No SLI for Conroe...


Tech Monkey
I saw this over at Extreme Overclocking this evening and found it a bit strange. So if you're thinking about getting a new Intel Conroe and want to run a SLi setup, you might want to rethink it again. At least for now anyway till something changes.

"Well, not Nvidia SLI anyway.

As reported on XS forum:

Originally Posted by Nvidia
Nvidia will not enable SLI support for Intel chipsets. Intel chipsets do not provide enough bandwidth to support SLI.

Sean Cleveland
Technical Marketing Manager
Platform Product Reviews
NVIDIA Corporation

So this basically means if you want Conroe, and fast graphics - you will have to switch to ATI and get Crossfire, which is supported natively on the 975X chipset.

In the same thread it says that Nvidia will be offering no Conroe support even on a different chipset.

(Before anyone mentions hacked drivers apparently these haven't worked since NForce4)

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Rob Williams

Staff member
Those links don't work. I don't understand why they can do SLi on Intel now.. but not when Conroe come out. Also.. how is it possible for there to be enough bandwidth for two ATI cards, yet not two nvidia cards.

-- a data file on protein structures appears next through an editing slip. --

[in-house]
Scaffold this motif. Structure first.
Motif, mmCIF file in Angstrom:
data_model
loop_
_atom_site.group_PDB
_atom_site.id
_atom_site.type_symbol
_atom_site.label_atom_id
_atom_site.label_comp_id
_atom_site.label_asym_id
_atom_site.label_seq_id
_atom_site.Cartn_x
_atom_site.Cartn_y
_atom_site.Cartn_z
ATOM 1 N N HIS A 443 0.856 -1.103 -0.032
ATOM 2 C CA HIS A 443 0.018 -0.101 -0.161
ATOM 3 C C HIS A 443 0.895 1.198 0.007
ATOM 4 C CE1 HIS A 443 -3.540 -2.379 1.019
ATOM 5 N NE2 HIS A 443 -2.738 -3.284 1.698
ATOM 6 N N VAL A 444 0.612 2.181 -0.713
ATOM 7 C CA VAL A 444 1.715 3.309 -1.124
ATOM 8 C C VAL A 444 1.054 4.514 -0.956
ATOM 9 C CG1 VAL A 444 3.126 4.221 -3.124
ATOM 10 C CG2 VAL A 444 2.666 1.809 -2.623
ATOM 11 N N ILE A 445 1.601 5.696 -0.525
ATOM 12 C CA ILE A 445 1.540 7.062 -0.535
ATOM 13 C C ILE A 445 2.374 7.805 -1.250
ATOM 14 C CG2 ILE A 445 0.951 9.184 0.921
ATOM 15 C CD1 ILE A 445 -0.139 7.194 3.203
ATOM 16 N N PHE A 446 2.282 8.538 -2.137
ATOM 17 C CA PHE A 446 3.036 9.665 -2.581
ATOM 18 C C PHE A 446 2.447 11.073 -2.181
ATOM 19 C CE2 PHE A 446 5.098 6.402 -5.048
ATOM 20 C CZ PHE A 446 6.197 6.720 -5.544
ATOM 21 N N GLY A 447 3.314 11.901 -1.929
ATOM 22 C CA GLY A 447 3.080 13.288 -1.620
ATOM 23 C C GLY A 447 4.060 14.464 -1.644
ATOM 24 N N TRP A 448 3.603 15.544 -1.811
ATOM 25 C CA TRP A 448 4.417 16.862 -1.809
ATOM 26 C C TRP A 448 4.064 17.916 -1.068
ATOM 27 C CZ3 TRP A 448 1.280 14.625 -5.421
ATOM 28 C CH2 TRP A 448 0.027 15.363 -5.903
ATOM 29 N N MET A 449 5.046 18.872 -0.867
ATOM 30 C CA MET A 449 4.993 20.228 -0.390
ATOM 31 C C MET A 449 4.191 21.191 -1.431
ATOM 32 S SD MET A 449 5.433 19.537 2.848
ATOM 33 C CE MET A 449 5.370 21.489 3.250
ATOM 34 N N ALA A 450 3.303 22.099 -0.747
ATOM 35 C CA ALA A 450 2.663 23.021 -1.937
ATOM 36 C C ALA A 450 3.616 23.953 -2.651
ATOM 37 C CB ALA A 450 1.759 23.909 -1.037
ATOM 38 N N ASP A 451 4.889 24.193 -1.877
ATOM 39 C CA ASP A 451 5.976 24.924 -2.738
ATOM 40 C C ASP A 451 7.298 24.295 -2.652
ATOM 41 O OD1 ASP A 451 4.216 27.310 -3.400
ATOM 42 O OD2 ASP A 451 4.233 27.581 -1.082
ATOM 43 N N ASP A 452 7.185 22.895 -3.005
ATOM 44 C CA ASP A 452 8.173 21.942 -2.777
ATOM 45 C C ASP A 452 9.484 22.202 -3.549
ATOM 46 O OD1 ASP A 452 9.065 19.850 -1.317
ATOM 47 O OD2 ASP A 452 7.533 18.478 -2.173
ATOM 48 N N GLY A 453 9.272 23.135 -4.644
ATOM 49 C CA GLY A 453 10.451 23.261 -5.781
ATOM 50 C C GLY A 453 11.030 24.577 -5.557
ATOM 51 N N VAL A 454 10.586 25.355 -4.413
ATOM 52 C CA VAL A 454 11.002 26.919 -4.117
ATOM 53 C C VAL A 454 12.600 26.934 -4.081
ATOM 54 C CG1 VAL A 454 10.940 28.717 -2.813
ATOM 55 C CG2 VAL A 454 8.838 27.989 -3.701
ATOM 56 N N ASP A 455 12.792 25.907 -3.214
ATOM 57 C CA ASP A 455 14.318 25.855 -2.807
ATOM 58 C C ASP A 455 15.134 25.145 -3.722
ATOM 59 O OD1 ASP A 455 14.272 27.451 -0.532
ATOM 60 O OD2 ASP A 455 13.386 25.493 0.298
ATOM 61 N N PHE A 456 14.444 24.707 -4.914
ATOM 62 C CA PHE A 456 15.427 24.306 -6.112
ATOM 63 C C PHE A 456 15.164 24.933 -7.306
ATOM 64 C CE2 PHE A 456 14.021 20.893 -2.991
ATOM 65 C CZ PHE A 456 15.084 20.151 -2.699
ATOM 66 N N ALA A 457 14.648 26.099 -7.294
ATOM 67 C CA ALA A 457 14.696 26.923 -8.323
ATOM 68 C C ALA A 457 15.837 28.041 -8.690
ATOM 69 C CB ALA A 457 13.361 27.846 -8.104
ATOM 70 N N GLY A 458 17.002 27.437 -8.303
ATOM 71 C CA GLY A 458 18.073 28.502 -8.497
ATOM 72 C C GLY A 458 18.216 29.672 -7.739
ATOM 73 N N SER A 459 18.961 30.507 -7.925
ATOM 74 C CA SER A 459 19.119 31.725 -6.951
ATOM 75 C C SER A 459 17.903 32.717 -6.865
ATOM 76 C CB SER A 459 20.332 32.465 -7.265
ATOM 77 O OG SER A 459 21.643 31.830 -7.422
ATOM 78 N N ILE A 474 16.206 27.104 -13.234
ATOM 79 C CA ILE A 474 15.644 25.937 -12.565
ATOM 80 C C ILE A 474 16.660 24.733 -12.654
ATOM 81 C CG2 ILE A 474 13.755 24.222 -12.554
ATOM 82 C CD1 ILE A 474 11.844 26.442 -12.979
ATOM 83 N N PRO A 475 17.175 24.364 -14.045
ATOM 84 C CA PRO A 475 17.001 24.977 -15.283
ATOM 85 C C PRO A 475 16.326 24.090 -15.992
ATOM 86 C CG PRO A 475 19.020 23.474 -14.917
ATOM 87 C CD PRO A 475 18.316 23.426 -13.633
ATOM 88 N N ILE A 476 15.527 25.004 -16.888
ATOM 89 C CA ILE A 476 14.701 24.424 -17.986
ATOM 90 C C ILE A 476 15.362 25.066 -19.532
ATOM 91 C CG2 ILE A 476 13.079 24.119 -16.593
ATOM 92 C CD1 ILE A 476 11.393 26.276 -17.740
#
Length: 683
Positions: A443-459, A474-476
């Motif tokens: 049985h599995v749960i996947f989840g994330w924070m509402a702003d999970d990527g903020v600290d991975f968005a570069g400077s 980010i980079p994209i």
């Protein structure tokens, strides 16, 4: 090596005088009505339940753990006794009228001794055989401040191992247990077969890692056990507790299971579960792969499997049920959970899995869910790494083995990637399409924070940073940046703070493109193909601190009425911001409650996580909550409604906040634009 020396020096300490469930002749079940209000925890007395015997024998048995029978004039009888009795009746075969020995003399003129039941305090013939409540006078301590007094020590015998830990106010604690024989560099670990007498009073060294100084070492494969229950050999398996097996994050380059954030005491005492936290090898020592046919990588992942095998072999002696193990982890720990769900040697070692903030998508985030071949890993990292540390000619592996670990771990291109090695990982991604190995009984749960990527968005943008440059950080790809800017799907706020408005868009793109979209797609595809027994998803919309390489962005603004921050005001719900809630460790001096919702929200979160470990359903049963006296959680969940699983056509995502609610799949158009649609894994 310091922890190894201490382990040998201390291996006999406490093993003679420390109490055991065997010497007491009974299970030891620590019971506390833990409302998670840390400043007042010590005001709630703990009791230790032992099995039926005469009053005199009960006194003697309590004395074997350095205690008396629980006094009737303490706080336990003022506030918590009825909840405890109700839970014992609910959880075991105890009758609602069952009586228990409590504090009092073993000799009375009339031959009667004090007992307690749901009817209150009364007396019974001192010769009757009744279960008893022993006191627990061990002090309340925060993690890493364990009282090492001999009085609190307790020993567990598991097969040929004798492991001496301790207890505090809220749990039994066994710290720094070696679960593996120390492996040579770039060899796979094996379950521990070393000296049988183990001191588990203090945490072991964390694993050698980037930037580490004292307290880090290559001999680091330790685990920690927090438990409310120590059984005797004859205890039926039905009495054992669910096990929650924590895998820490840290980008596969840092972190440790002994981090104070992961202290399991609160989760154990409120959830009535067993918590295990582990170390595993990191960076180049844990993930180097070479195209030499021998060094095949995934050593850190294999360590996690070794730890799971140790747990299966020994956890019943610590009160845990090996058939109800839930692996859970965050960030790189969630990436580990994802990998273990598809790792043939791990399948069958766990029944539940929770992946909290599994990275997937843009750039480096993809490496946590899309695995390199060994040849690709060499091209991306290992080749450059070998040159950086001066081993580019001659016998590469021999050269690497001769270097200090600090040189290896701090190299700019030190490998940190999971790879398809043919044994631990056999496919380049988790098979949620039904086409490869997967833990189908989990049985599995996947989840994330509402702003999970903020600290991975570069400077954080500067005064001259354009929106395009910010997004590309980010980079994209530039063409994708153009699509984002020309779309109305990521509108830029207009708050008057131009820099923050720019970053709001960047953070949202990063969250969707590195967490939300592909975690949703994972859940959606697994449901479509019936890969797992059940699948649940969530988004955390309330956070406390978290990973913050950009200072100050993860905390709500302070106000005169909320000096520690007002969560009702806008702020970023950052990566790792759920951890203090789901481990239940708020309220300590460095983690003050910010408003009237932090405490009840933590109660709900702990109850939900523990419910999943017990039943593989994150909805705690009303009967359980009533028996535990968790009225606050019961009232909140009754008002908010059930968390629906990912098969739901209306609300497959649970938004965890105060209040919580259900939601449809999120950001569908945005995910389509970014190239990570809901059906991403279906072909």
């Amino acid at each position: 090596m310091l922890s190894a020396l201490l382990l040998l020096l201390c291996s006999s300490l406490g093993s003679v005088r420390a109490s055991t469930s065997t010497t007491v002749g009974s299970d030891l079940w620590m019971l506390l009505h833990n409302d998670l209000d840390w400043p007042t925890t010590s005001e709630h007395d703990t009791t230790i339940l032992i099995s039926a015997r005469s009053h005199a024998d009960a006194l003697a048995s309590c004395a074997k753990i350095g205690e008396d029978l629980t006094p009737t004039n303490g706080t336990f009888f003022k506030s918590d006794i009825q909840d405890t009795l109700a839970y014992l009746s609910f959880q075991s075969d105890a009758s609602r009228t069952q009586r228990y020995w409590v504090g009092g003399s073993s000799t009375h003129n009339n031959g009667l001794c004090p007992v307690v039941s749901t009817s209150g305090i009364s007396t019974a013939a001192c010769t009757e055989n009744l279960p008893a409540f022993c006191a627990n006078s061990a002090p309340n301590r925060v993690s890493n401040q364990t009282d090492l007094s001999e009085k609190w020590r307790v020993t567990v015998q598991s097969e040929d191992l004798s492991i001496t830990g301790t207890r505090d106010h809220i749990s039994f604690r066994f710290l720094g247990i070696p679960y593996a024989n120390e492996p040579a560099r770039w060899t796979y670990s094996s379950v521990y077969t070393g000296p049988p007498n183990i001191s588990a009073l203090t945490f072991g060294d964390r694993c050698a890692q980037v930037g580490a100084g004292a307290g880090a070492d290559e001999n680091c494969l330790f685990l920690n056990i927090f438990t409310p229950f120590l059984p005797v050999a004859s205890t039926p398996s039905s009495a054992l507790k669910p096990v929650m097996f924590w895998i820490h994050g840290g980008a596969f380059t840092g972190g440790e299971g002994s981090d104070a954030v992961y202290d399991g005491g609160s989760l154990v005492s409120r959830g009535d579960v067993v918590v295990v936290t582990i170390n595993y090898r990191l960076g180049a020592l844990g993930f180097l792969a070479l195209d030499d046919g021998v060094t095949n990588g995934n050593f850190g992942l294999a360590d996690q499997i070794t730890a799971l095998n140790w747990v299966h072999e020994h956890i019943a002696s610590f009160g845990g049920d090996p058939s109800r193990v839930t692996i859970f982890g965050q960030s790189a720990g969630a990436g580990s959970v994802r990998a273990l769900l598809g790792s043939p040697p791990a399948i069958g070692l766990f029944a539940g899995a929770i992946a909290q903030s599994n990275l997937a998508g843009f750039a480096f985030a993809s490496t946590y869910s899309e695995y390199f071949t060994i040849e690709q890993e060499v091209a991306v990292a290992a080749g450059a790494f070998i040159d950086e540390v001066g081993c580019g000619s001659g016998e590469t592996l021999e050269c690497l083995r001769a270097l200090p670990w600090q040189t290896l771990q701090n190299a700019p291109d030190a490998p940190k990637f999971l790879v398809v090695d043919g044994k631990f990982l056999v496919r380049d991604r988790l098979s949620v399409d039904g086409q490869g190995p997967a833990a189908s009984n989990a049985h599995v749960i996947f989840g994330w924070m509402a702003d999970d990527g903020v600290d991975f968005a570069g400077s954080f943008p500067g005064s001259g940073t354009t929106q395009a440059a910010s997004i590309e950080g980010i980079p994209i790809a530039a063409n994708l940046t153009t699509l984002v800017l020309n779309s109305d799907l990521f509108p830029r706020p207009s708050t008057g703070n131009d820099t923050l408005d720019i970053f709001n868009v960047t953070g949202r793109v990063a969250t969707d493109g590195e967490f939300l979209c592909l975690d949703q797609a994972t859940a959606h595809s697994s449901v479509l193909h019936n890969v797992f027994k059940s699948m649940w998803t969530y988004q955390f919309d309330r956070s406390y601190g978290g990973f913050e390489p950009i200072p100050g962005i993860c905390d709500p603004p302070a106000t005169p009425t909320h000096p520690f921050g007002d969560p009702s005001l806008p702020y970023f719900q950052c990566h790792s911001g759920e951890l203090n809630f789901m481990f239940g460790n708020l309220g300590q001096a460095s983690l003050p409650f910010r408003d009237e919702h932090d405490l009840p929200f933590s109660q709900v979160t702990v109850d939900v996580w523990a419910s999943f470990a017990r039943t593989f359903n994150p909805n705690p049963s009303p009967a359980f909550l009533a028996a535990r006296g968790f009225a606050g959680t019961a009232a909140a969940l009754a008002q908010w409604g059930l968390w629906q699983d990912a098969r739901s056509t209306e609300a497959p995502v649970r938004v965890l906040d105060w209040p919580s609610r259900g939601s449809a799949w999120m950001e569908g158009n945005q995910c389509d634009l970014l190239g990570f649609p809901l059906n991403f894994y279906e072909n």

I am a tad confused.


Soup Nazi
If I was Intel I'd cut nVidia's license to make Intel chipsets completely until they agreed to support the Intel chipsets in forceware drivers. It looks like nVidia doesn't realize that they're screwing with the largest PC hardware mfg in the world.

If I was the CEO of nVidia I wouldn't be teasing the Intel grizzly, he might find out how bad it sucks to get mauled.


Tech Monkey
I think, that Nvidia has some insight int oConroe that we do not... and the initial test results that were overhyped (that I steadfastly opposed the technique), and some of the resultant independant analysis and testing that I have read on the net point to the Conroe not being the panecea that Intel supporters were hoping for.